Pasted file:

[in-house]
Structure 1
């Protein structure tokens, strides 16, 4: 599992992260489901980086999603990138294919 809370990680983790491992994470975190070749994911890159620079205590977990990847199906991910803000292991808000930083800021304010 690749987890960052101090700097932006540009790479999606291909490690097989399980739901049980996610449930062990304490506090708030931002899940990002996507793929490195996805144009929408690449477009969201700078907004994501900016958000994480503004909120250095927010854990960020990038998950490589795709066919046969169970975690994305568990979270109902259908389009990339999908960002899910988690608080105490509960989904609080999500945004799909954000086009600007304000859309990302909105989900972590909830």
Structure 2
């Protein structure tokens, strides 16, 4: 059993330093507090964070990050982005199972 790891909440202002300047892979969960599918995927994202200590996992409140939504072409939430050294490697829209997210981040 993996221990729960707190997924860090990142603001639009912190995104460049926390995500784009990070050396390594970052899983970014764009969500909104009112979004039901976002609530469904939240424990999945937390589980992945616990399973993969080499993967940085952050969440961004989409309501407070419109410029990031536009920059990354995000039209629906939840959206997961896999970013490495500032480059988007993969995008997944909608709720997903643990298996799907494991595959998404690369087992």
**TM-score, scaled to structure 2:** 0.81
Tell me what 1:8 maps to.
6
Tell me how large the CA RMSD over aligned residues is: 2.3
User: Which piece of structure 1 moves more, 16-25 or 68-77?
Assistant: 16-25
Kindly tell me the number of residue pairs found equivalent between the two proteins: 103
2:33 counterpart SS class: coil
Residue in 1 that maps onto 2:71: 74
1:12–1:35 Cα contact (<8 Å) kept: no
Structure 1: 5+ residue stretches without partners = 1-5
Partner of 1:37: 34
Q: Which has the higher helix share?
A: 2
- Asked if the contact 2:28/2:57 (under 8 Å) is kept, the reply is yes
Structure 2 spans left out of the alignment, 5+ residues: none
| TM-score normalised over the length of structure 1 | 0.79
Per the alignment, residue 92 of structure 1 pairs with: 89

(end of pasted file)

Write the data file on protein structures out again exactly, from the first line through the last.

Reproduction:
[in-house]
Structure 1
């Protein structure tokens, strides 16, 4: 599992992260489901980086999603990138294919 809370990680983790491992994470975190070749994911890159620079205590977990990847199906991910803000292991808000930083800021304010 690749987890960052101090700097932006540009790479999606291909490690097989399980739901049980996610449930062990304490506090708030931002899940990002996507793929490195996805144009929408690449477009969201700078907004994501900016958000994480503004909120250095927010854990960020990038998950490589795709066919046969169970975690994305568990979270109902259908389009990339999908960002899910988690608080105490509960989904609080999500945004799909954000086009600007304000859309990302909105989900972590909830």
Structure 2
């Protein structure tokens, strides 16, 4: 059993330093507090964070990050982005199972 790891909440202002300047892979969960599918995927994202200590996992409140939504072409939430050294490697829209997210981040 993996221990729960707190997924860090990142603001639009912190995104460049926390995500784009990070050396390594970052899983970014764009969500909104009112979004039901976002609530469904939240424990999945937390589980992945616990399973993969080499993967940085952050969440961004989409309501407070419109410029990031536009920059990354995000039209629906939840959206997961896999970013490495500032480059988007993969995008997944909608709720997903643990298996799907494991595959998404690369087992």
**TM-score, scaled to structure 2:** 0.81
Tell me what 1:8 maps to.
6
Tell me how large the CA RMSD over aligned residues is: 2.3
User: Which piece of structure 1 moves more, 16-25 or 68-77?
Assistant: 16-25
Kindly tell me the number of residue pairs found equivalent between the two proteins: 103
2:33 counterpart SS class: coil
Residue in 1 that maps onto 2:71: 74
1:12–1:35 Cα contact (<8 Å) kept: no
Structure 1: 5+ residue stretches without partners = 1-5
Partner of 1:37: 34
Q: Which has the higher helix share?
A: 2
- Asked if the contact 2:28/2:57 (under 8 Å) is kept, the reply is yes
Structure 2 spans left out of the alignment, 5+ residues: none
| TM-score normalised over the length of structure 1 | 0.79
Per the alignment, residue 92 of structure 1 pairs with: 89